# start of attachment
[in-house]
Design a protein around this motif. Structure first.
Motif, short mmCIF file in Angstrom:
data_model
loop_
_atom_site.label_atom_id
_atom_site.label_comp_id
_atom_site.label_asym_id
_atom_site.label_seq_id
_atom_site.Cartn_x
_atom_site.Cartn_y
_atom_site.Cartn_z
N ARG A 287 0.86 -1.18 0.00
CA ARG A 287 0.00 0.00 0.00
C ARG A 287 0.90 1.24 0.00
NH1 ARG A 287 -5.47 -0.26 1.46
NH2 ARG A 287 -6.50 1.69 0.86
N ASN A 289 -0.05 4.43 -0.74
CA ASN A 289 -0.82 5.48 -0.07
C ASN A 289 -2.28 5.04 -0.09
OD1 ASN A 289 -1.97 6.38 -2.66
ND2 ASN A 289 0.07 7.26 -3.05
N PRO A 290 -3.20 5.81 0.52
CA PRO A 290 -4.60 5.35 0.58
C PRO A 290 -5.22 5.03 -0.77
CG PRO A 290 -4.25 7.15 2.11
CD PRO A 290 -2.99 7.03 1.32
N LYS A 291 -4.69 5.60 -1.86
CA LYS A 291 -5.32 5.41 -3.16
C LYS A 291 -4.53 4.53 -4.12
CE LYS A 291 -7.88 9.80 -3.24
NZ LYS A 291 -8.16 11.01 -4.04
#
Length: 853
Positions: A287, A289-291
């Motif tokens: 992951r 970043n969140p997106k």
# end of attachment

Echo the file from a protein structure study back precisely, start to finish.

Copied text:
[in-house]
Design a protein around this motif. Structure first.
Motif, short mmCIF file in Angstrom:
data_model
loop_
_atom_site.label_atom_id
_atom_site.label_comp_id
_atom_site.label_asym_id
_atom_site.label_seq_id
_atom_site.Cartn_x
_atom_site.Cartn_y
_atom_site.Cartn_z
N ARG A 287 0.86 -1.18 0.00
CA ARG A 287 0.00 0.00 0.00
C ARG A 287 0.90 1.24 0.00
NH1 ARG A 287 -5.47 -0.26 1.46
NH2 ARG A 287 -6.50 1.69 0.86
N ASN A 289 -0.05 4.43 -0.74
CA ASN A 289 -0.82 5.48 -0.07
C ASN A 289 -2.28 5.04 -0.09
OD1 ASN A 289 -1.97 6.38 -2.66
ND2 ASN A 289 0.07 7.26 -3.05
N PRO A 290 -3.20 5.81 0.52
CA PRO A 290 -4.60 5.35 0.58
C PRO A 290 -5.22 5.03 -0.77
CG PRO A 290 -4.25 7.15 2.11
CD PRO A 290 -2.99 7.03 1.32
N LYS A 291 -4.69 5.60 -1.86
CA LYS A 291 -5.32 5.41 -3.16
C LYS A 291 -4.53 4.53 -4.12
CE LYS A 291 -7.88 9.80 -3.24
NZ LYS A 291 -8.16 11.01 -4.04
#
Length: 853
Positions: A287, A289-291
């Motif tokens: 992951r 970043n969140p997106k």